sit by the firelight's glow / tell us an old tale we know
tell of adventures strange and rare / never to change, ever to share
stories we tell will cast their spell / now and for always
I just finished reading J. Grace Pennington's post on reading while writing and I confess it is something I've thought about idly for some time. I was just arguing with myself last night, trying to reconcile myself to my own sporadic reading habits juxtaposed to Abigail's flogging-molly determination to chug through books. Personally, I tend to go in cycles: while I am writing, my reading will take a dip in attention; while I am reading, my writing will go back on the hob. I don't usually do both well at once, but I am always doing a little bit of one while doing a lot of the other, so Pennington's point still stands even for me: should I write and read at the same time and, if so, what should I read?
I'm as impressionable as the next writer. The tones and topics of whoever I am reading will bleed through into my writing. Taken to extremes, as Pennington pointed out, that is a bad thing: that leads to plagiarism and can steer your plot wildly off course. But this is a danger that can be consciously avoided, and I think it should be. However, just as I have learned that I run dry and crack and break when my spirit doesn't spend time in the Word, I find my creativity empties and flounders in the mud-pits when I don't deluge myself with above-and-beyond-me literature. It is easy to be depressed when comparing one's writing with the masters, but again I feel that is an attitude that can be avoided. The wise spend time in the company of their betters, and grow better for it. I recall sitting with the full weight of The Worm Ouroboros on my chest, feeling as if I couldn't breathe and as if my soul was going to burst out of my body because the prose and world and plot was just too big and too awesome for me to contain. And then I picked myself back up, sat back down at my computer, and began writing again. Writing better. Because I had learned new things, new ways of seeing the world, new chancy images of characters, new magic in spinning words.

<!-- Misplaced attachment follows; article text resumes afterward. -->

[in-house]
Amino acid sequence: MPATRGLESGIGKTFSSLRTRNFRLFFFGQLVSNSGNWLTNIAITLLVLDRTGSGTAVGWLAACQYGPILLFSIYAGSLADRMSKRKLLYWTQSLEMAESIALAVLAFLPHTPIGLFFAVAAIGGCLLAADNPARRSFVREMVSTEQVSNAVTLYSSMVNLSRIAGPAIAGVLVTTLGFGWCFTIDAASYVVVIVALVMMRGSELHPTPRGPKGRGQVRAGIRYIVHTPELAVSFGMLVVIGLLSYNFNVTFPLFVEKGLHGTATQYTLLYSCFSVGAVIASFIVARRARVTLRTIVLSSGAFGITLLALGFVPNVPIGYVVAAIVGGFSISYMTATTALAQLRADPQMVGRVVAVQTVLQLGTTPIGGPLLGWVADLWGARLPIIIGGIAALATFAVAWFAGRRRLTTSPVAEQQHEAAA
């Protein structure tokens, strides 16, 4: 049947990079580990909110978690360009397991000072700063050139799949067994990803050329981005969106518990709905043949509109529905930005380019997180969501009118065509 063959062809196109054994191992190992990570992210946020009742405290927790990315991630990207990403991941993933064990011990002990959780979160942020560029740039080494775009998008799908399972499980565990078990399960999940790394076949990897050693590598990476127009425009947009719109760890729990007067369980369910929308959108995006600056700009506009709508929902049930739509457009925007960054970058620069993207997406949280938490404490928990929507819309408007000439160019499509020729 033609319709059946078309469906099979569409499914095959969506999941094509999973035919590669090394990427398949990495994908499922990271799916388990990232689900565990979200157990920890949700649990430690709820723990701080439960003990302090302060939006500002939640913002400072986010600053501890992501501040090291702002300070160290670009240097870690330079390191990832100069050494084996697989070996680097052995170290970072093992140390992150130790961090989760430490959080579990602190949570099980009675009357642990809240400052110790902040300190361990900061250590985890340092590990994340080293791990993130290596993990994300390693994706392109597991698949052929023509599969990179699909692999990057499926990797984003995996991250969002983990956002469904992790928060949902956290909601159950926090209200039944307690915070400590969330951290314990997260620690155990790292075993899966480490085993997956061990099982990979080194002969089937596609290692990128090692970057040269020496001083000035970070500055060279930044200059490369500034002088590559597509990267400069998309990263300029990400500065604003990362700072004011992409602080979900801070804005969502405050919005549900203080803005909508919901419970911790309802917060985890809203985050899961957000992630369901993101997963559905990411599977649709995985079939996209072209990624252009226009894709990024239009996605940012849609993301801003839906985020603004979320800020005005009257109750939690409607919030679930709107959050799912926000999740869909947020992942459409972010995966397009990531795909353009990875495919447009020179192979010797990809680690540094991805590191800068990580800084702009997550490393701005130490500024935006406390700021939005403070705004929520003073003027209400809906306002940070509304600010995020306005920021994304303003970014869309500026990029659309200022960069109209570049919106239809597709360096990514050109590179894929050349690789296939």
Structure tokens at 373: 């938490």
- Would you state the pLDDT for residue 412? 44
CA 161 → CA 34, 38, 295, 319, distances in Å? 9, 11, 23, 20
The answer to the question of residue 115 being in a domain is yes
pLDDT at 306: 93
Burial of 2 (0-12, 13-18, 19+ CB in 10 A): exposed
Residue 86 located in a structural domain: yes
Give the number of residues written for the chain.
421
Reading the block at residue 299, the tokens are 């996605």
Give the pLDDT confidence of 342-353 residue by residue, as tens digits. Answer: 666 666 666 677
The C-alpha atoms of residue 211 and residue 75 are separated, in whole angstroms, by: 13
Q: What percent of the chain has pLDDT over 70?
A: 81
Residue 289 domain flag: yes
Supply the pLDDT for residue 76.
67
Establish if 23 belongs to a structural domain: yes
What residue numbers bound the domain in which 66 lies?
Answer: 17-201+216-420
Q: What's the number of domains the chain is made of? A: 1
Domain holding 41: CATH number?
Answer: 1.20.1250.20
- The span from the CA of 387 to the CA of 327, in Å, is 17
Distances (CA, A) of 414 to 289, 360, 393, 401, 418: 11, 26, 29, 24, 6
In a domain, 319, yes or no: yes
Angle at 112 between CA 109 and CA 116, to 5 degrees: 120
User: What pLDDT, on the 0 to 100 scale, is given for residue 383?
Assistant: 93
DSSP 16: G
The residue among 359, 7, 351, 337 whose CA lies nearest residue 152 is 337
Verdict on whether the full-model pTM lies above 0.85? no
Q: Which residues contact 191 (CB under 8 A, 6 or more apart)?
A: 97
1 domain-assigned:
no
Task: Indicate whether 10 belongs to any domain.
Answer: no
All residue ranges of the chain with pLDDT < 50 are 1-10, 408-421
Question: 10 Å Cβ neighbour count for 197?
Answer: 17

I'm reading a mix of things right now: A History of Christian Thought: Volume Two, Bonnie Dundee, The Atonement and the Modern Mind...I just finished the amazing Riddle-Master series by Patrica A. McKillip, courtesy of Mirriam Neal. And all the while as I read these things I am steadily writing, working away at the plot of Plenilune, and I find that my reading is giving my writing new dimension, perfectly pertinent dimension. My writing would be idiotic, flat, meaningless, untrue, without these books and the legions of books that have come before them. My one rule is: be reading at least one fiction at all times; without that slight taste of fiction I find I don't write very well; otherwise I can read whatever I like - histories, theologies, etc. - and the topics will fit themselves as they please into my writing.
I'm all for reading while writing, just as I'm all for reading Scripture while battling through the day-to-day grind. Without that spring of images and imagination, my own waking dreams run dry. What you need to read may depend on your own personality and your own story; you have, of course, no excuse to be reading books that don't challenge, encourage, and stretch you beyond your limits at least a little.
The mind is too precious and immortal a thing to waste on drivel.